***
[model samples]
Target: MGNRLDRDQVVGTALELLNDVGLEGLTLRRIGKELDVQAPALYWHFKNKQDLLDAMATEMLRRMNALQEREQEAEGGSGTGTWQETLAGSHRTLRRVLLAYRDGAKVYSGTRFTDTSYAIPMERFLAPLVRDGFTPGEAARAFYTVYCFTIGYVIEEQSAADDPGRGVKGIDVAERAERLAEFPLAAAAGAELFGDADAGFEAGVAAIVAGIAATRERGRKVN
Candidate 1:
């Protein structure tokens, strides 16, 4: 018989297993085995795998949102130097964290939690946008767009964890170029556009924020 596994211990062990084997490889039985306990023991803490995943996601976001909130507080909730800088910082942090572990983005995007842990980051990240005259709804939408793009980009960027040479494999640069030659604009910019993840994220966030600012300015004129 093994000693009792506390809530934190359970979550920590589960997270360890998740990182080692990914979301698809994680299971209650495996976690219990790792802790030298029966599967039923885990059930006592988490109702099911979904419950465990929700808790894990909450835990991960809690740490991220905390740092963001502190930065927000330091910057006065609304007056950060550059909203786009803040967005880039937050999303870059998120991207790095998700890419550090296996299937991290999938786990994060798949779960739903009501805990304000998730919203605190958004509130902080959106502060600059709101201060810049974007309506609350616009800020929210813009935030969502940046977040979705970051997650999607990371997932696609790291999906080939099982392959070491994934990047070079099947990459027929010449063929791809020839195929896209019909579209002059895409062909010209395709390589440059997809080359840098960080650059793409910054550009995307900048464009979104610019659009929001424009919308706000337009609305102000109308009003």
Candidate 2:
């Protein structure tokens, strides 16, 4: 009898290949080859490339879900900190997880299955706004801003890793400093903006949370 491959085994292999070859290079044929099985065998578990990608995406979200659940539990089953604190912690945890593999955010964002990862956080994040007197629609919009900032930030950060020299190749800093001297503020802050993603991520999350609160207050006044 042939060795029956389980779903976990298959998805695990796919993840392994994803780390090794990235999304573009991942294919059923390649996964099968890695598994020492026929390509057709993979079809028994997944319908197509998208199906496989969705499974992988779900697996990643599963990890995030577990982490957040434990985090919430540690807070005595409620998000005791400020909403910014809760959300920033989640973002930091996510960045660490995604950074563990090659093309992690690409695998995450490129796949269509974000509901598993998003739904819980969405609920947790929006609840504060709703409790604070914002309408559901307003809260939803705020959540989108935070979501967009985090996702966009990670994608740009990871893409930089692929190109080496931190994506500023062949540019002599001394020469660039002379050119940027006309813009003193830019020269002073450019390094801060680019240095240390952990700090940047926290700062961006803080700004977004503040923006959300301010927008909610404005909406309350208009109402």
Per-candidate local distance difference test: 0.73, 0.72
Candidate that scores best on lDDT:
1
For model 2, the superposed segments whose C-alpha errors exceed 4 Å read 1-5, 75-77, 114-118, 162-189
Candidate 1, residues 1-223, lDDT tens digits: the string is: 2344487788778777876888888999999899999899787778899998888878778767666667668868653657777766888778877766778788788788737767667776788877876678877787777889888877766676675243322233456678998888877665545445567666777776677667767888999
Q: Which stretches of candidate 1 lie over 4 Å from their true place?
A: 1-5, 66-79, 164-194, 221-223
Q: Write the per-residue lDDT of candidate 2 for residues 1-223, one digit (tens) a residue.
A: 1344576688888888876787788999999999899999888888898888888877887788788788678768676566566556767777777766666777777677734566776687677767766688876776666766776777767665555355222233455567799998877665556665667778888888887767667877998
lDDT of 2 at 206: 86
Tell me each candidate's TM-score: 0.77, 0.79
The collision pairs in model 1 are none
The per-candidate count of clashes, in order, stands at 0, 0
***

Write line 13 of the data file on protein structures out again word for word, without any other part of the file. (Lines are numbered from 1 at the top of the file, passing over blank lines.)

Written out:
A: 1-5, 66-79, 164-194, 221-223